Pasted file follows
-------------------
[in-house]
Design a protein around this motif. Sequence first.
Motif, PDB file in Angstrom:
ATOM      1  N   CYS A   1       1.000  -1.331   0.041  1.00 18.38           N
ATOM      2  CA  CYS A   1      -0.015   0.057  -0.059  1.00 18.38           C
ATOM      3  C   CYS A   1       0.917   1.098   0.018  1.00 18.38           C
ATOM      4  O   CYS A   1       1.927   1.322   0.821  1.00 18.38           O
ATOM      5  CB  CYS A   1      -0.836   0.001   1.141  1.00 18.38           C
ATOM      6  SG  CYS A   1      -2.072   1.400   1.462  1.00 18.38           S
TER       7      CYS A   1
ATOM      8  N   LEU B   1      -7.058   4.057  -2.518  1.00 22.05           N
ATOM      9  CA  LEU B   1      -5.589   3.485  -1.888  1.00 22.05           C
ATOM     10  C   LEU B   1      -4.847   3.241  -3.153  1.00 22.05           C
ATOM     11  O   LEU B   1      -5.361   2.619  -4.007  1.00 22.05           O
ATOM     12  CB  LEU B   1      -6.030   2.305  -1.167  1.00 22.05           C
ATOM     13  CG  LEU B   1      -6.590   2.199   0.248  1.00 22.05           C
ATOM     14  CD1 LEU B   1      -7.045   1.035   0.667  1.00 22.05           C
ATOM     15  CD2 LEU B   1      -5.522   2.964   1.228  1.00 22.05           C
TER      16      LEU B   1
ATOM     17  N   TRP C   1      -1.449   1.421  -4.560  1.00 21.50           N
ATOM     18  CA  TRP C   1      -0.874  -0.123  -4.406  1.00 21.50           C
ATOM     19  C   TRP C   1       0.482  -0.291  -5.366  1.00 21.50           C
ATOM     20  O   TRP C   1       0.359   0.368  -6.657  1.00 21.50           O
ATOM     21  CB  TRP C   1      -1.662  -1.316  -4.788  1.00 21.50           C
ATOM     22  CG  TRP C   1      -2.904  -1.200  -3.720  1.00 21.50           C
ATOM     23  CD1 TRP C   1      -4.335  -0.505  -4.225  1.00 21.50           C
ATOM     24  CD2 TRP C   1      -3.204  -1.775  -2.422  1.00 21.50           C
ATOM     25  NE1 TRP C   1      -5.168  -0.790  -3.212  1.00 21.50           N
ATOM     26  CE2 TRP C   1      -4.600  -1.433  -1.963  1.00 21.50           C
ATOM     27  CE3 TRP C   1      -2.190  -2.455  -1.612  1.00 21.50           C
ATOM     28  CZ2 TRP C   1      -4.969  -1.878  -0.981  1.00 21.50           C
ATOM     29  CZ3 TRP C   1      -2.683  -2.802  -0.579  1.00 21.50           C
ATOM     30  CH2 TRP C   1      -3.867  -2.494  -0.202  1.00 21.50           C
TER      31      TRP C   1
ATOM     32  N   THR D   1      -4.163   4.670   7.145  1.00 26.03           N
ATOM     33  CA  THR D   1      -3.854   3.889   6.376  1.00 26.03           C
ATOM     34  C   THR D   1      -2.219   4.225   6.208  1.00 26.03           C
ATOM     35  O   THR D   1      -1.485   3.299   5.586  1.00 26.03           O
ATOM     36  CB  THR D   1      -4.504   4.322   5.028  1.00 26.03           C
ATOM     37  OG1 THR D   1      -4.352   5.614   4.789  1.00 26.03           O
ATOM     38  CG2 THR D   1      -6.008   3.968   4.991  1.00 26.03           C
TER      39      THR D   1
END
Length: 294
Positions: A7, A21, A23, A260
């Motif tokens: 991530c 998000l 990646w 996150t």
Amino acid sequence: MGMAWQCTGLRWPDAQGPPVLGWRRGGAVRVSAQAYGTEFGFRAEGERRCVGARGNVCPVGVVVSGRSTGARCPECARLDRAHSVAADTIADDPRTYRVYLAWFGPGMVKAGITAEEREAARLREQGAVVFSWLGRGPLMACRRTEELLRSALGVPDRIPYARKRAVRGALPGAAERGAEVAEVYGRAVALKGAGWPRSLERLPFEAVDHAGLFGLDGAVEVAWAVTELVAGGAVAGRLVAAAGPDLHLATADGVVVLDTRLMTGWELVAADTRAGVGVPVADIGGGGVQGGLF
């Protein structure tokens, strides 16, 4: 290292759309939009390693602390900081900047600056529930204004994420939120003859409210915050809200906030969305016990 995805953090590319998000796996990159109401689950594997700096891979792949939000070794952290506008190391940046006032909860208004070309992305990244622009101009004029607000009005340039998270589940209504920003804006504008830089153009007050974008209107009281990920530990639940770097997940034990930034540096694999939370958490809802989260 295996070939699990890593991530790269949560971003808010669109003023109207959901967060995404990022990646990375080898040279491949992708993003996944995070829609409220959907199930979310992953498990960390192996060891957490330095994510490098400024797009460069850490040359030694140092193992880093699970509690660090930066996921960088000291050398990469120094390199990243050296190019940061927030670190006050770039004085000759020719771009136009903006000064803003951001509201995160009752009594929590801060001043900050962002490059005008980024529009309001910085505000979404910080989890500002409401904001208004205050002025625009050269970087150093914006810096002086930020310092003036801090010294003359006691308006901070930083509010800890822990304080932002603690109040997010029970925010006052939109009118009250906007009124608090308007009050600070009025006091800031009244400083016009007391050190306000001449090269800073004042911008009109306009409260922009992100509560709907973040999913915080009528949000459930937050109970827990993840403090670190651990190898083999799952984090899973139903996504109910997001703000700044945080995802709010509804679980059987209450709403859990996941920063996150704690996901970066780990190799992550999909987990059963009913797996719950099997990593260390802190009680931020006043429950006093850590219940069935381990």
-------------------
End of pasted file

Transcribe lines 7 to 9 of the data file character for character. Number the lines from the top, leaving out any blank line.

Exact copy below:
ATOM      4  O   CYS A   1       1.927   1.322   0.821  1.00 18.38           O
ATOM      5  CB  CYS A   1      -0.836   0.001   1.141  1.00 18.38           C
ATOM      6  SG  CYS A   1      -2.072   1.400   1.462  1.00 18.38           S